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Updated: September 2, 2009 21:10 IST

U.S. hospital tweets surgery live

AP
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Representative photo of an operation theatre in Vellore.
Representative photo of an operation theatre in Vellore.

Relatives follow 70-year-old Monna Cleary's surgery at the St.Luke's Hospital, Iowa, live on its official twitter account. More US hospitals open to tweeting surgeries for "education of all" provided the surgeons and the patients involved agree.

From anesthesia to the recovery room, 70-year-old Monna Cleary’s children followed her surgery - 140 characters or less at a time.

Twitter is opening doors to the sterile confines of operating rooms, paving the way for families - and anyone else for that matter - to follow a patient’s progress as they go under the knife.

Most of the Cleary family chose to track the developments from a laptop computer in the hospital’s waiting room. But one daughter-in-law kept tabs from work.

“It’s real time information instead of sitting and not knowing in the waiting room,” said Cleary’s son Joe, hours after his mother’s surgery Monday at St. Luke’s Hospital in Cedar Rapids.

“It made the time go by,” said Cleary, who was joined by a brother, two sisters and a sister-in-law at the hospital. “We all feel it was a positive experience.”

Patient's consent

His mother, who underwent a hysterectomy and uterine prolapse surgery, had given her OK for hospital spokeswoman Sarah Corizzo to post a play-by-play of the operation on Twitter, a social-networking site that lets users send out snippets of information up to 140 characters long using cell phones or computers.

Corizzo sent more than 300 tweets over more than three hours from a computer just outside the operating room’s sterile field. Nearly 700 people followed them. Eight tweeted questions to Corizzo about the procedure and a Cleary family member commented on how fascinating it was to follow the surgery.

The primary goal of the Twitter posts was education, Corizzo said, but it had the added benefit of keeping the family informed during surgery.

The idea to follow the surgery on Twitter evolved after a similar surgery was Webcast several months ago.

“A lot of people would like to go into the operating room and see what happens but don’t want all the visuals and stuff,” said Laura Rainey, another hospital spokeswoman. “This is a more gentle way to help inform patients and consumers.”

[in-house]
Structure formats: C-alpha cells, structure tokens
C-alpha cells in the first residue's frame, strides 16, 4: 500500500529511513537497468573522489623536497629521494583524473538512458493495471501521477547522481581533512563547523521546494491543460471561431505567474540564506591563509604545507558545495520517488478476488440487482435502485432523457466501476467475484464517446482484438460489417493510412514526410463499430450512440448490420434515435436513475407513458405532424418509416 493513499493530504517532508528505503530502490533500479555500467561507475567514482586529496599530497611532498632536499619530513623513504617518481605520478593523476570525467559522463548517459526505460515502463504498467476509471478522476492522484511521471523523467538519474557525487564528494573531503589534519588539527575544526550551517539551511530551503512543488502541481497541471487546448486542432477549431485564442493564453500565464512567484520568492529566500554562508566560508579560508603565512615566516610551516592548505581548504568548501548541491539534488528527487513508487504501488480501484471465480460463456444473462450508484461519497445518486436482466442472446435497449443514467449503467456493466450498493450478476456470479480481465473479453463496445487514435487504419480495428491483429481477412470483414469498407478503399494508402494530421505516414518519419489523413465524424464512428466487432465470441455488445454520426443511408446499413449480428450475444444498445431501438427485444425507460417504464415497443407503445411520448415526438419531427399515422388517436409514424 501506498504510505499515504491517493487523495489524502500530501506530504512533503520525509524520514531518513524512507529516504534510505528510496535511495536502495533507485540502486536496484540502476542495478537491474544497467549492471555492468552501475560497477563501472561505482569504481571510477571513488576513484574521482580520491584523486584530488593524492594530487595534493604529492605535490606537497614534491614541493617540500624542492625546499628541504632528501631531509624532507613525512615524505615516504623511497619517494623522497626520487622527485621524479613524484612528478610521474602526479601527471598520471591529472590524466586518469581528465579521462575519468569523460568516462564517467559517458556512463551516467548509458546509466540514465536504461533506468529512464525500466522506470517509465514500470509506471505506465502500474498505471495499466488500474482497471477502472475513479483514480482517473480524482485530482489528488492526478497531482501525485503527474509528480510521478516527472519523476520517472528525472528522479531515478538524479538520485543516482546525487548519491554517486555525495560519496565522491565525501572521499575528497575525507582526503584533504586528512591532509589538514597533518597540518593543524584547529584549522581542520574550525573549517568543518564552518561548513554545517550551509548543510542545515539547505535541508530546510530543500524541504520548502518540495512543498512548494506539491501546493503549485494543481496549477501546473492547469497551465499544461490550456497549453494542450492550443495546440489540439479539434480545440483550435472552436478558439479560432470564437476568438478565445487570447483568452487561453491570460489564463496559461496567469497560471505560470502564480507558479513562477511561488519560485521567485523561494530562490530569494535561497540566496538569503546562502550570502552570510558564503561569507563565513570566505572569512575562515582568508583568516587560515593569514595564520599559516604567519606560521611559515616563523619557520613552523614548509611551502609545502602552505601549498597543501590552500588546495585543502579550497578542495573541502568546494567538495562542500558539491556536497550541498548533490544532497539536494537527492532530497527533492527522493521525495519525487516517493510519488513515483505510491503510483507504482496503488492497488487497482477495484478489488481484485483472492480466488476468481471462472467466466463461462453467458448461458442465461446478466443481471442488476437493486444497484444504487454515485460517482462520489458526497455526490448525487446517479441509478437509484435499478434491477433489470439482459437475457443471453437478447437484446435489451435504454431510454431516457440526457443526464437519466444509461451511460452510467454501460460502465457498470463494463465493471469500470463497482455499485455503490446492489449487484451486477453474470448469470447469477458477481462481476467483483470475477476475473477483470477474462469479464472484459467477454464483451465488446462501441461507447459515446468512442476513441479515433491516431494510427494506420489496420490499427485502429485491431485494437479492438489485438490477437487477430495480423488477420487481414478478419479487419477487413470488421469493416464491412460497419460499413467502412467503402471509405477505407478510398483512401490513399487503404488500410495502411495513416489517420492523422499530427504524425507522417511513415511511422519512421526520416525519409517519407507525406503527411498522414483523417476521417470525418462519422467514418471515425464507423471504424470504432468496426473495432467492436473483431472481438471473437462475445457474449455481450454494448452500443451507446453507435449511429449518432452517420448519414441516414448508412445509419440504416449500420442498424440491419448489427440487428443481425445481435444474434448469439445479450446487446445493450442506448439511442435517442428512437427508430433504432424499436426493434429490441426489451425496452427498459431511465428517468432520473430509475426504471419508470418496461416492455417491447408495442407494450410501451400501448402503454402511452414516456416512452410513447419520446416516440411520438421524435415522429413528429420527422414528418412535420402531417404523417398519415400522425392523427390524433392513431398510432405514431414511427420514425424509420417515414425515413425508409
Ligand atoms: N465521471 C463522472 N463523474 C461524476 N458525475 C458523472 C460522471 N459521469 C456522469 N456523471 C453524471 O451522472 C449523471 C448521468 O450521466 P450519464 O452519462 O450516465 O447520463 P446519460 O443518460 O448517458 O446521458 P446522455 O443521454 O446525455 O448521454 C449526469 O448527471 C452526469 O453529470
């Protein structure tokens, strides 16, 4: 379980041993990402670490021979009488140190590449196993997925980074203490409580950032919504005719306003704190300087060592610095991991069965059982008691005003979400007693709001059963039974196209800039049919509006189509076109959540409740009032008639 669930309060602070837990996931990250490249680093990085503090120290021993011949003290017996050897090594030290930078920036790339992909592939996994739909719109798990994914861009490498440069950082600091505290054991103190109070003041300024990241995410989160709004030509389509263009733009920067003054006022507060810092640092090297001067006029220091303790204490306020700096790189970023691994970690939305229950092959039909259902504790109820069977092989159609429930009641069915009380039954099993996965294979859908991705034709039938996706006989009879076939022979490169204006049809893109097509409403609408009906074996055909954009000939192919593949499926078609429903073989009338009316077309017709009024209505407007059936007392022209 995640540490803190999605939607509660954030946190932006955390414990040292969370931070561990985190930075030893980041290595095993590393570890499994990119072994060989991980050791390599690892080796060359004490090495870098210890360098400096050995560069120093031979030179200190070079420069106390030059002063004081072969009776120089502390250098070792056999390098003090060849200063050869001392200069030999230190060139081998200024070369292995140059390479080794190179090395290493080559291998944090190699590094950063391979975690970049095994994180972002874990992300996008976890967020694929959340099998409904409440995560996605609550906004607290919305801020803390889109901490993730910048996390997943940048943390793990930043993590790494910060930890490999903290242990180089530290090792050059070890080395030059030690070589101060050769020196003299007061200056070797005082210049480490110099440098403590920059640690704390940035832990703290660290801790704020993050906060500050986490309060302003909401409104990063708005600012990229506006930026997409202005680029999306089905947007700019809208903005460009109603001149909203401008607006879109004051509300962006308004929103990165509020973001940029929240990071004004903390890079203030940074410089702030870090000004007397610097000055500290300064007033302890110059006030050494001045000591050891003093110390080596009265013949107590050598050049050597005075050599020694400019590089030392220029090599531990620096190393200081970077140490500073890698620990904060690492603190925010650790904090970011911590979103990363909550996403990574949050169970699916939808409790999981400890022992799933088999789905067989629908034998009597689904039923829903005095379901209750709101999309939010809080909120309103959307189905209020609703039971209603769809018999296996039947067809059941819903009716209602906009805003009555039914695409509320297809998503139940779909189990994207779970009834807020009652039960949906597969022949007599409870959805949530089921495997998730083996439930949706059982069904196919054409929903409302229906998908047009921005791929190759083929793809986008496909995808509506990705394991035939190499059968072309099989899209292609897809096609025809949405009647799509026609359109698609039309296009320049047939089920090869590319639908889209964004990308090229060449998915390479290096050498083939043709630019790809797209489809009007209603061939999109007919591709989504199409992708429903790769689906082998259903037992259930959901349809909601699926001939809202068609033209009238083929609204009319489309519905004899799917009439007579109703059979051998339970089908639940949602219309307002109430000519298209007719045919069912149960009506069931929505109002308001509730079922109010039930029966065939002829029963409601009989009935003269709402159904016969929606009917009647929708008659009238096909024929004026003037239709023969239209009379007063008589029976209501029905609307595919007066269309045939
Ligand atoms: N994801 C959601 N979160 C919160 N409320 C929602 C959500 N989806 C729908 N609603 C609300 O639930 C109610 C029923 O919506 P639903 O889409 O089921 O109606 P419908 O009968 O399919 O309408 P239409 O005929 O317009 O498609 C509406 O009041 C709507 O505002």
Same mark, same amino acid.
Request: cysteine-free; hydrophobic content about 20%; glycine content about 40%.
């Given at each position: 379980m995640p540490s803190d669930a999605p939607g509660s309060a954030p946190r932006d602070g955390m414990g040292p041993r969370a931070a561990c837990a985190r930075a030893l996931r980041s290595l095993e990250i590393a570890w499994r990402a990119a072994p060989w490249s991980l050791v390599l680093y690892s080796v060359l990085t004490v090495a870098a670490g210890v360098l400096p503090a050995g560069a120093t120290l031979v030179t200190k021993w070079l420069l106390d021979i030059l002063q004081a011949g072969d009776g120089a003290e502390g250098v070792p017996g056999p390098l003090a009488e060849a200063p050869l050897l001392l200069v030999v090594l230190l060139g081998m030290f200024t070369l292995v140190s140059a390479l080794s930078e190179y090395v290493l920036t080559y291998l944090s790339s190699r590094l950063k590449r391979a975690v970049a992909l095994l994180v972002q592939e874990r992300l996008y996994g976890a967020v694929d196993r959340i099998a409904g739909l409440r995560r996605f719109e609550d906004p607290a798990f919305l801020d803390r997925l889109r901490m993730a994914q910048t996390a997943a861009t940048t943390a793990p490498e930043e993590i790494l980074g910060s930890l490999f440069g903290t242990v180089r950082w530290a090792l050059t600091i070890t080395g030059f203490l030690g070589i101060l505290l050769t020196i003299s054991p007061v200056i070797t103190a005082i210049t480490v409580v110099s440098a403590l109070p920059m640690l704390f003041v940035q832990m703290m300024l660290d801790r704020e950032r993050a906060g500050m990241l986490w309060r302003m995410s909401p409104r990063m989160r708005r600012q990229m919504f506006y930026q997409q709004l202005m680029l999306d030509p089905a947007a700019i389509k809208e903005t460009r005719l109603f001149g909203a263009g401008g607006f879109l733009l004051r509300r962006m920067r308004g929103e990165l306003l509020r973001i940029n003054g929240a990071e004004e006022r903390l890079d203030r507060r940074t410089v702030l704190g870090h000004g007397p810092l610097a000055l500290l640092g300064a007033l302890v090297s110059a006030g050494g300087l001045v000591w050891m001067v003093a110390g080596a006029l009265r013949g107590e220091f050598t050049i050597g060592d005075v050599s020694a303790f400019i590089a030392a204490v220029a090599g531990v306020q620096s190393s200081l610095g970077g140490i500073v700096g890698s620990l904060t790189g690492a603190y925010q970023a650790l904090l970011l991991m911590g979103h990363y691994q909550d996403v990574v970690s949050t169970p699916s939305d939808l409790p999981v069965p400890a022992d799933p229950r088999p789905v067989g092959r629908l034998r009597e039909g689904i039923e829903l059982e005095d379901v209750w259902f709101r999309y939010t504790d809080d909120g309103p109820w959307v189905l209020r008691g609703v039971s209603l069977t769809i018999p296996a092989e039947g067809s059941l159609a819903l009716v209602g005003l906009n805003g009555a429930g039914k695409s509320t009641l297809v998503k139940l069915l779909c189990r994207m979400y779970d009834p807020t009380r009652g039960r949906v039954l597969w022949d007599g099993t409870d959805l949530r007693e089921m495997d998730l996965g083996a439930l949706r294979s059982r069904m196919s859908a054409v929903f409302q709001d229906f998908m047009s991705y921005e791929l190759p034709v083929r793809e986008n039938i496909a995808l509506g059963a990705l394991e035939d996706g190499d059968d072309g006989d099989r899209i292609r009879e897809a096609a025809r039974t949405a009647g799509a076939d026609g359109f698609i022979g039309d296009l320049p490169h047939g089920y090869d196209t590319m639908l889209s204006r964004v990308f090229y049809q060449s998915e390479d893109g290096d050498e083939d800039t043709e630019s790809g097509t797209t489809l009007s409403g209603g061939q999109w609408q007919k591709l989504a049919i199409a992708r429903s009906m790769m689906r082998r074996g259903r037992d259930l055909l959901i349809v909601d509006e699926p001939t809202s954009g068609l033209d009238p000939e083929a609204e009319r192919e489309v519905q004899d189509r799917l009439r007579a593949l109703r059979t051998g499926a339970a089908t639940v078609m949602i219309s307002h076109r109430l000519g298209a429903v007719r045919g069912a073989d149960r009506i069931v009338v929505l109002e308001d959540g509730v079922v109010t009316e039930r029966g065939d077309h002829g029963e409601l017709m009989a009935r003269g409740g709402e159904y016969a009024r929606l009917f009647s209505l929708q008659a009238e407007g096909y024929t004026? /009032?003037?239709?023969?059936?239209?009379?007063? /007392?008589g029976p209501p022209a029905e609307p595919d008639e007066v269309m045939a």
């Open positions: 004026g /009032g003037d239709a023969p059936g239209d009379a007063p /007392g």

Not the first

The Iowa hospital isn’t the first to describe a surgery on Twitter. Others include Children’s Medical Center in Dallas, which tweeted in May when a father donated a kidney to his son, and Henry Ford Hospital in Detroit, where officials have tweeted about several surgeries since January.

Dian Luffman, a spokeswoman with Change:healthcare, a business that helps clients save money on procedures, said hospitals using Twitter during surgery is a sign that it’s entering the mainstream, especially among the 20-and-30 somethings.

“I think hospitals are trying to build relationships,” she said.

Amanda Gillbret, whose husband and son were involved in the Dallas kidney transplant, said she appreciated being able to monitor her husband’s surgery at another hospital while she was at Children’s Medical Center with her son.

“I felt like I was part of my husband’s surgery and connected to what he was going through but was there with my son, too,” Gillbret said. “It gave me a huge peace and it was just comforting knowing what was happening.”

She noted that typically a person can sit for hours in a waiting room and maybe get two phone calls from the operating room.

“I received updates every two to three minutes,” Gillbret said. “It not only helped the family stay in the loop but friends who weren’t able to be there.”

While the Detroit hospital has tweeted during several surgeries, neither the Cedar Rapids hospital nor the one in Dallas have immediate plans to do it again.

Officials at both hospitals said they would be open to the possibility if both the surgeon and patient are willing.

Cleary said she agreed to have her procedure posted on Twitter - but only after being educated to what tweeting was.

“I’m not much of a computer bug so I didn’t know that much about it,” Cleary said. “I didn’t know they did that sort of thing.”

Tweets at regular intervals

During her surgery, Corizzo relayed tweets every few minutes.

“Putting numbing medication where the incisions will be. Making first incision right now,” Corizzo tweeted at the beginning of the procedure.

Later, Corizzo sent a message that read: “Right now doctor is cutting across some vessels & ligaments that connect the ovaries to the uterus.”

Then: “Opening up the peritoneum right now,” which led to a tweet questioning what the peritoneum is. Corizzo explained it is the sac that lines the abdomen.

The surgeon, Dr. Jerry Rozeboom, said he asked Cleary to participate because she is “very open, conversant and willing to be part of the education process.

“It was mostly a patient who I thought was open to helping other people learn about new technology and maybe helping other women in her situation,” Rozeboom said.

Before the surgery, Rozeboom said no restrictions would be placed on what could be included, but he made it clear that if it became a distraction or a complication arose, the tweeting would stop.

In her tweets, Corizzo detailed the robotic equipment used for the surgery and included photos that showed Rozeboom at the control panel of the equipment and an internal image showing stitches being put in place.

She also tweeted about the causes and symptoms of the condition that led to Cleary’s surgery.

Once the procedure was done, Corizzo sent a final tweet to Cleary’s family.

“She’s doing great. She’ll see you soon.”

Keywords: TwitterInternetMedicine

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